More than 200 missing after Indonesia ferry sinks
An official on the island of Sulawesi said only 20 survivors had been found so far and quoted them as saying the ferry rolled over and sank after being hit by waves of more than 5 metres (16 feet) in the early hours of Sunday.
The disaster turns the spotlight again onto the poor safety record of Indonesia's transport sector, especially ferries which link the main islands in the archipelago, the world's largest.
Accidents are common largely because of under-investment in infrastructure and a tendency to overload ferries.
An official denied the ferry that went down on Sunday had been overloaded.
Rustam Pakaya, head of the health ministry's crisis centre, said on Monday that six deaths had been confirmed in the accident by Sunday evening.
"There is a greater possibility that many more died than we expected because it happened when they were sleeping," Taufik Bulu, head of maritime safety in the port of Pare-Pare, said by telephone.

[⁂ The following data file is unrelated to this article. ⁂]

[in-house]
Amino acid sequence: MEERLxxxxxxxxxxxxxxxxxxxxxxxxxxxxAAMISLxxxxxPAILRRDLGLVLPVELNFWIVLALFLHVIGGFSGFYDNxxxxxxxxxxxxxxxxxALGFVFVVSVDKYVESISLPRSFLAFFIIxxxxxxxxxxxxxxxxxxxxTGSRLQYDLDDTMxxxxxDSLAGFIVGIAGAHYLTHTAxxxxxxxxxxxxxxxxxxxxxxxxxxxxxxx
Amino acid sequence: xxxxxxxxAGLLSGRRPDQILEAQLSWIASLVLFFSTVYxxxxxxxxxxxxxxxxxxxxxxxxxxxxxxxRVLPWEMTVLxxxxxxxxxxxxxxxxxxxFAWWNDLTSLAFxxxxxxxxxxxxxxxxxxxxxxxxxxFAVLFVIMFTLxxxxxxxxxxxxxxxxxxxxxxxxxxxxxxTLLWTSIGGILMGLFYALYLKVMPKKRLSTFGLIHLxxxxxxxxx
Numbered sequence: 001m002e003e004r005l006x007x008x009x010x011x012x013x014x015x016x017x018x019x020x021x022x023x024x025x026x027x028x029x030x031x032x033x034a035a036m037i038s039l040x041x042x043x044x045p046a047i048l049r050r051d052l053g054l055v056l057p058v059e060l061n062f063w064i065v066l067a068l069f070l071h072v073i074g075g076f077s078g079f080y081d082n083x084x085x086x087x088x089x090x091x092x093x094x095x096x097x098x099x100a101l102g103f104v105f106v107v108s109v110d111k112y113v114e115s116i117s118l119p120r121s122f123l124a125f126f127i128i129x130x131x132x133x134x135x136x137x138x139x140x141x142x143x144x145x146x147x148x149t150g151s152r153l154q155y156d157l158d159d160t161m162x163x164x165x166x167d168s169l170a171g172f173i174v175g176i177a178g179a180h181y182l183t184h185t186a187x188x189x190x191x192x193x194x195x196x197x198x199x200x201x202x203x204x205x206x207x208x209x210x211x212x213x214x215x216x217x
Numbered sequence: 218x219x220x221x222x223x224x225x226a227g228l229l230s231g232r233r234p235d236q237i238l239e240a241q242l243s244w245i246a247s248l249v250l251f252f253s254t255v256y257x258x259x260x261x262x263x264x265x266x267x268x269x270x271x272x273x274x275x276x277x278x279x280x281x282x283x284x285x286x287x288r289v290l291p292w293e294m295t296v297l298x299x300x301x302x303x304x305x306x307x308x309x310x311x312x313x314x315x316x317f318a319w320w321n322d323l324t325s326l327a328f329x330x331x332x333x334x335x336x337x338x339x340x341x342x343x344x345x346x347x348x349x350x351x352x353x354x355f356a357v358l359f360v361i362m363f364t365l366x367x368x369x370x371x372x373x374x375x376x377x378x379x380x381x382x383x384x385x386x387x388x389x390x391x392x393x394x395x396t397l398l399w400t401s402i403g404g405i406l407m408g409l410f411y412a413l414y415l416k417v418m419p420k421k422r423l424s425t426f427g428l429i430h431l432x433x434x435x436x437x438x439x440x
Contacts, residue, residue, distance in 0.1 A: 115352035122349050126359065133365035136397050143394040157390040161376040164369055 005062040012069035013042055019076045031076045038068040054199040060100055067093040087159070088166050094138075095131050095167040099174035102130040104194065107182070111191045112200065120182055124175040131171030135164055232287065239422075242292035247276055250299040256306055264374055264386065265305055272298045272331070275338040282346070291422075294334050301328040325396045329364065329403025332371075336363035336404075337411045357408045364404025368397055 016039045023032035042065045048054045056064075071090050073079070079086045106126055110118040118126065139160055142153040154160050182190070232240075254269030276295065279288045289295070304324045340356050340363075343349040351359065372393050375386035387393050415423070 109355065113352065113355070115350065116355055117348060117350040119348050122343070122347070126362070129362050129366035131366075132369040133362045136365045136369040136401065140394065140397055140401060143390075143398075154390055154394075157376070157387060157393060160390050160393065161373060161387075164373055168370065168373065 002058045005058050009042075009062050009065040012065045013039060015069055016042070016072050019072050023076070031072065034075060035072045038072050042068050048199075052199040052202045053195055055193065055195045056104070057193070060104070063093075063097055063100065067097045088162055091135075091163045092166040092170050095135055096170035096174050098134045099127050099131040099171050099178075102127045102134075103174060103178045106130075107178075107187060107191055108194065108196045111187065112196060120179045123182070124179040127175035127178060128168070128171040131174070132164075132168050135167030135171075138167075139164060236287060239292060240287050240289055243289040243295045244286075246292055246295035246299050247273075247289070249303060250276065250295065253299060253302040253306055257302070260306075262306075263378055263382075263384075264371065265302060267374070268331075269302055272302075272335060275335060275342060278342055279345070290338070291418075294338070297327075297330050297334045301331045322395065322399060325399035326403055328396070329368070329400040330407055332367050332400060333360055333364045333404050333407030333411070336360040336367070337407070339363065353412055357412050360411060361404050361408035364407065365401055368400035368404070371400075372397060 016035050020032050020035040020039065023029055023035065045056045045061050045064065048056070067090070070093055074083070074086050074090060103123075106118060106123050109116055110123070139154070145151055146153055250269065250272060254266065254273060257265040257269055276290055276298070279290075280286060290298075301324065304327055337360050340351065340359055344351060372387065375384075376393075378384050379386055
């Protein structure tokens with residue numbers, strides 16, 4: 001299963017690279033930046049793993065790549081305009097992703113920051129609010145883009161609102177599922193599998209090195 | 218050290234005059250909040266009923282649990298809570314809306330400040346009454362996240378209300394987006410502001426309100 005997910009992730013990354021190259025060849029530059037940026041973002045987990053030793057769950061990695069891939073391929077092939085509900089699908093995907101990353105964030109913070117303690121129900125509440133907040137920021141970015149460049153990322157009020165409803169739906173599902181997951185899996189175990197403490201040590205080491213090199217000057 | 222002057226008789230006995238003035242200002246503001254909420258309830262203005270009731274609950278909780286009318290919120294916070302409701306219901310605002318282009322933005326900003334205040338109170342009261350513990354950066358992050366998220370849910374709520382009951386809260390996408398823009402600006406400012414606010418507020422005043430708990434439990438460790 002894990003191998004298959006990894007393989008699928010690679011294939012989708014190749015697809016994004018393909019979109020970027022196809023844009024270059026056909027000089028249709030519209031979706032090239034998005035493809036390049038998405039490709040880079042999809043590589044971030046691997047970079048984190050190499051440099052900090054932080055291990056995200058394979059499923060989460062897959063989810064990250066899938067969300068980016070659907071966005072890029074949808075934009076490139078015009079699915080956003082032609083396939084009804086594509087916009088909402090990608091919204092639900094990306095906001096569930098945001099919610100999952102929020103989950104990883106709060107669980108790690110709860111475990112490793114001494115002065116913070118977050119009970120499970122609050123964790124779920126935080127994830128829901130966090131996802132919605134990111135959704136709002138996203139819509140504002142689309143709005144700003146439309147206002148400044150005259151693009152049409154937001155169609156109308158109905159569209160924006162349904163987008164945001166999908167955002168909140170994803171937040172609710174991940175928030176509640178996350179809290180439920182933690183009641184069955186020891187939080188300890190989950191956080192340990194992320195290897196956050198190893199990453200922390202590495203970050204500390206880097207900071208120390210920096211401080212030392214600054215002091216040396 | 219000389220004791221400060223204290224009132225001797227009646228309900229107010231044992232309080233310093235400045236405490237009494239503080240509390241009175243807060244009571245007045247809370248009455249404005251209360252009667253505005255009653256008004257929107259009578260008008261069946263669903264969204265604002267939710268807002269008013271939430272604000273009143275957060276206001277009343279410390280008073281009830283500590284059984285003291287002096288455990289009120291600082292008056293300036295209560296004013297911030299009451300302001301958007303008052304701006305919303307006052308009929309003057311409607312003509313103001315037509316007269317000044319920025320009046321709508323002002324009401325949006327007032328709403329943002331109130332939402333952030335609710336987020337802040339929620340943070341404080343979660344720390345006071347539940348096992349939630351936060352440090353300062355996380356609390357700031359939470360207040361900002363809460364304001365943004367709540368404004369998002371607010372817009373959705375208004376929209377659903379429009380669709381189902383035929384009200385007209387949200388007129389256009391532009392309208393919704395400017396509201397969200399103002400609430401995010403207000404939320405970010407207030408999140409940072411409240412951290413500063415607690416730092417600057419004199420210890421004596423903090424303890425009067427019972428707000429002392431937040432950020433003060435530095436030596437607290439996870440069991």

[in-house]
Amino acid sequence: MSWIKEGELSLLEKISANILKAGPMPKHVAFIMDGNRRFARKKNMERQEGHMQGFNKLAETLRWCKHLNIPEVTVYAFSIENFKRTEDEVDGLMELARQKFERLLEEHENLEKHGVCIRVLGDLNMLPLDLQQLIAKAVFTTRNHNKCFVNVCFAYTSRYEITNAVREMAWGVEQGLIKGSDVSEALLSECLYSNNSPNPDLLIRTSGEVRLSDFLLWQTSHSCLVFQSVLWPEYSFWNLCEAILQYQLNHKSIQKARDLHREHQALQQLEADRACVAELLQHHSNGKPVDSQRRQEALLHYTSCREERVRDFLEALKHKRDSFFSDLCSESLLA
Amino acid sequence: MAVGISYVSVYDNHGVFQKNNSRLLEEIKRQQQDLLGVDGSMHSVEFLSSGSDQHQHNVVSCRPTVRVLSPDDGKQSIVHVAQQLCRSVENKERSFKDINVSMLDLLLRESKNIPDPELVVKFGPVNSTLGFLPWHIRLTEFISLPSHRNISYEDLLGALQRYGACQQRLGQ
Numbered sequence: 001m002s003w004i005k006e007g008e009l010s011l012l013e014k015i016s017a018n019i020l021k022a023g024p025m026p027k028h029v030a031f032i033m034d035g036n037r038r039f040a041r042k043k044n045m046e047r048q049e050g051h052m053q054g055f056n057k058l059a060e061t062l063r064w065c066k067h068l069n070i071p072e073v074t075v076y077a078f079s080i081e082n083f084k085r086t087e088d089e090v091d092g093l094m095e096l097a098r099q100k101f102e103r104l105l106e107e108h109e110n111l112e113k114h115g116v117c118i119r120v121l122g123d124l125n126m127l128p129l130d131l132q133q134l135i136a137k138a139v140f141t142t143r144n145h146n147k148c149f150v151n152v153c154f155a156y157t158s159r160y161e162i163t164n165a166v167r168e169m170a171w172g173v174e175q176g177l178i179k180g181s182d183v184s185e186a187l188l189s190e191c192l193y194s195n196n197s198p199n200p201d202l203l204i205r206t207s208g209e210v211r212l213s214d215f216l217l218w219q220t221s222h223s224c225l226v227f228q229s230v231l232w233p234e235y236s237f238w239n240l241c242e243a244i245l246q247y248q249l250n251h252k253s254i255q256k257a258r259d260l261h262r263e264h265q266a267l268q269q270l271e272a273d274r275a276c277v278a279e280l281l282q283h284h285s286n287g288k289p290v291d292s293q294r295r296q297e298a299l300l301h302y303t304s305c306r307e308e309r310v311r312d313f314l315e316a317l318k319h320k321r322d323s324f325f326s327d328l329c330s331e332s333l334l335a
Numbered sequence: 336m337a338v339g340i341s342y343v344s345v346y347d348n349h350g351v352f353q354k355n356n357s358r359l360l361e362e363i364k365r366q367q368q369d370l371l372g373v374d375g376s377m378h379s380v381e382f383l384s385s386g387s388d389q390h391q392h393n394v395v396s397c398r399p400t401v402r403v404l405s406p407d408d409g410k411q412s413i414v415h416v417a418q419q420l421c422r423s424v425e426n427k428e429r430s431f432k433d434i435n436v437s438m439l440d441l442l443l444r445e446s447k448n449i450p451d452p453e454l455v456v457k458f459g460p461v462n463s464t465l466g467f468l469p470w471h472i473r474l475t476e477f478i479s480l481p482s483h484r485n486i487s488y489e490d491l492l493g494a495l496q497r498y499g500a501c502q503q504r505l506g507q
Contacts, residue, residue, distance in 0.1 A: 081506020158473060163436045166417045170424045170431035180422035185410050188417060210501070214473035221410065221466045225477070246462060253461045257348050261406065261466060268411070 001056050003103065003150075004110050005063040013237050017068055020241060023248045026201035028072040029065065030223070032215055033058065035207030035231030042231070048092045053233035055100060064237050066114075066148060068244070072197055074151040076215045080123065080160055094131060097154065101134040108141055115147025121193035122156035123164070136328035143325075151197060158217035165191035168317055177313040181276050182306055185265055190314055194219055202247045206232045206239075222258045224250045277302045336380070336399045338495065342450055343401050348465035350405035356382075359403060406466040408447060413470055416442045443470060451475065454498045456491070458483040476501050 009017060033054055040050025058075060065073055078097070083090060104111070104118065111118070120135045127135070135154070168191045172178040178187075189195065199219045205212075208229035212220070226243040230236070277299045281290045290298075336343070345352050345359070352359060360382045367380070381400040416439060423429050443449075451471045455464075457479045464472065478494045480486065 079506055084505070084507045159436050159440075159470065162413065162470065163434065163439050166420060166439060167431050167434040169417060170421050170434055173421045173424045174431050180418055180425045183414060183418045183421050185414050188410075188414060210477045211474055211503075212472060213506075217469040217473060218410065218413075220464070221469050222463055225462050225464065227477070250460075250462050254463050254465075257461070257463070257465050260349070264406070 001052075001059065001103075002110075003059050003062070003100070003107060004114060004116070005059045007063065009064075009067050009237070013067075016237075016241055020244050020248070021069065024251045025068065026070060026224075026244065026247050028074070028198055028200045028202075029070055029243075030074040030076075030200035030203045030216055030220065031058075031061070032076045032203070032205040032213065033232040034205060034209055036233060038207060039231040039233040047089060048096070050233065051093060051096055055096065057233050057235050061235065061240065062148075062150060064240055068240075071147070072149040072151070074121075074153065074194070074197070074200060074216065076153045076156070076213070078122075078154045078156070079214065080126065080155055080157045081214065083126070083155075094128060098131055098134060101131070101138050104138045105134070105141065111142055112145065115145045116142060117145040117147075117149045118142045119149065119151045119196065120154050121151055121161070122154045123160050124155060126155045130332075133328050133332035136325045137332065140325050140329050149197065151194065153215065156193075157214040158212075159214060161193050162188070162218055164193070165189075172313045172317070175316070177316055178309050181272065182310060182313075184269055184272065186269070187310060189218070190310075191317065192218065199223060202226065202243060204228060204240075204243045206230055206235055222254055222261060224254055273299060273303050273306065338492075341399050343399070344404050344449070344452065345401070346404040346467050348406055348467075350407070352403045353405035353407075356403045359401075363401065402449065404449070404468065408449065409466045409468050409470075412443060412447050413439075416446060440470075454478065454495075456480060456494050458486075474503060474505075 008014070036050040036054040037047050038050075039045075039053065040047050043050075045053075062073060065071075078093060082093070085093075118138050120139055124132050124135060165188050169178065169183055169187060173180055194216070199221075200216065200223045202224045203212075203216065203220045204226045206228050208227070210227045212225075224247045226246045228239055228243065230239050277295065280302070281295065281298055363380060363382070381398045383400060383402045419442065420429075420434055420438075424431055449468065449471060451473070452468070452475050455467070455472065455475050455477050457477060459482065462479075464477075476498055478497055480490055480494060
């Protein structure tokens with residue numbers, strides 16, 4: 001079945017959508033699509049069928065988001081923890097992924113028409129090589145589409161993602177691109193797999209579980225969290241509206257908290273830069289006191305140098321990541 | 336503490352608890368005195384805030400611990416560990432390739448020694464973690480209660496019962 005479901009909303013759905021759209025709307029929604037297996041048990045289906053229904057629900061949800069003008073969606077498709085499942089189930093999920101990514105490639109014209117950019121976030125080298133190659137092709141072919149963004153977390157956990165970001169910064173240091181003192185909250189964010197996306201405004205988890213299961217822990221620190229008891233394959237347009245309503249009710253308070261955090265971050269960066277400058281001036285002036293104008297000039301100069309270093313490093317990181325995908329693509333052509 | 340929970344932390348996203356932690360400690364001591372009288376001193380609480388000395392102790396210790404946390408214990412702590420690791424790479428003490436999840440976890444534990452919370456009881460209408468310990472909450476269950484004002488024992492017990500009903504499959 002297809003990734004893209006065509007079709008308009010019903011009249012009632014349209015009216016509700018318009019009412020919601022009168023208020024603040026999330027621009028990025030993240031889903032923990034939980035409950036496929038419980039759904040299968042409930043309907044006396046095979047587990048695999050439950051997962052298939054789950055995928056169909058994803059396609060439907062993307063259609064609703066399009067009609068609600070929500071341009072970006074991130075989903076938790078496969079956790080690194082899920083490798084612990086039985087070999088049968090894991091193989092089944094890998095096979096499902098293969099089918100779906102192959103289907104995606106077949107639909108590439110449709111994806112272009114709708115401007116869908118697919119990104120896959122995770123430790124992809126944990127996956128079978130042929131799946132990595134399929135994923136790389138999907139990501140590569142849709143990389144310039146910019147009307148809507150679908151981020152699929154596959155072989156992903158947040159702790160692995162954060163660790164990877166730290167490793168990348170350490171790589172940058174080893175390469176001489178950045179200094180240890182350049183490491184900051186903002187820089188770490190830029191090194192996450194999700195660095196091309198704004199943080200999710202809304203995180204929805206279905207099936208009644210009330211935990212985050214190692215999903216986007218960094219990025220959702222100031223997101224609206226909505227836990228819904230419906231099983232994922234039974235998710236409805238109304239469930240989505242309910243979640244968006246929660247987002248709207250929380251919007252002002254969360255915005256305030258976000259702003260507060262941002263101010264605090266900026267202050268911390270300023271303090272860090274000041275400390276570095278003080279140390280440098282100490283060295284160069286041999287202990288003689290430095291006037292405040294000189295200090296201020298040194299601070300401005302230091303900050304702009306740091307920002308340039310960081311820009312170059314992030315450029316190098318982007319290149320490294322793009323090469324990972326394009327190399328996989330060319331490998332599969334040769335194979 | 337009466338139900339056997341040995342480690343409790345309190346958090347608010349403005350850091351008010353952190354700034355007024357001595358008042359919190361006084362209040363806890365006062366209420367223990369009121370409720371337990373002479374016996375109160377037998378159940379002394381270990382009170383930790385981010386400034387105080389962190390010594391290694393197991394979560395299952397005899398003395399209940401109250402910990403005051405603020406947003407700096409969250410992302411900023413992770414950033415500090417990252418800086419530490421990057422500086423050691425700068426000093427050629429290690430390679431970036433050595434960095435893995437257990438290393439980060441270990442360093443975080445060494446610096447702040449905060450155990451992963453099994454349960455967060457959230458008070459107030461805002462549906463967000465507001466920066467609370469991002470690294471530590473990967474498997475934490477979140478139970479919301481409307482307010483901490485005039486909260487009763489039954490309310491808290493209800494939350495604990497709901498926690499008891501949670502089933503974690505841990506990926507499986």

There were 250 passengers and 17 crew on board the Tertai Prima when it sank.
One survivor, Daeng Gassing, who spoke as several sobbing relatives comforted him, said that he had managed to scramble onto a life raft after clinging to a piece of wood and had pulled to safety five others but his son and father-in-law were missing.
"I grabbed my son on my back and swam to a piece of wood, but my son disappeared after being hit by a big wave," he said.
The ship's captain, who flung himself into the sea, told police that the crew could only launch two flares before the vessel went down, Metro TV reported.
The ferry was travelling from Pare-Pare on the west coast of Sulawesi to the city of Samarinda on Indonesia's side of Borneo island when it ran into bad weather.
In Pare-Pare, a Reuters photographer saw about 100 people thronging around a list of passengers.
There had been warnings of heavy seas in several parts of Indonesia in recent days and the transport minister said there had been a tropical cyclone in the area at the time.
Indonesia has come under pressure in recent years to improve its transportation sector following several serious accidents.
On December 30, 2006, a ferry with at least 600 onboard sank in a storm after it travelled between Borneo and Java. About 250 survivors were eventually found in the days after the accident.
A couple of months later at least 42 people were killed when fire broke out aboard a ferry that was heading from Jakarta to Bangka island off Sumatra.
There have also been a series of accidents involving Indonesian airlines, prompting the European Union to ban Indonesian carriers from its airspace.
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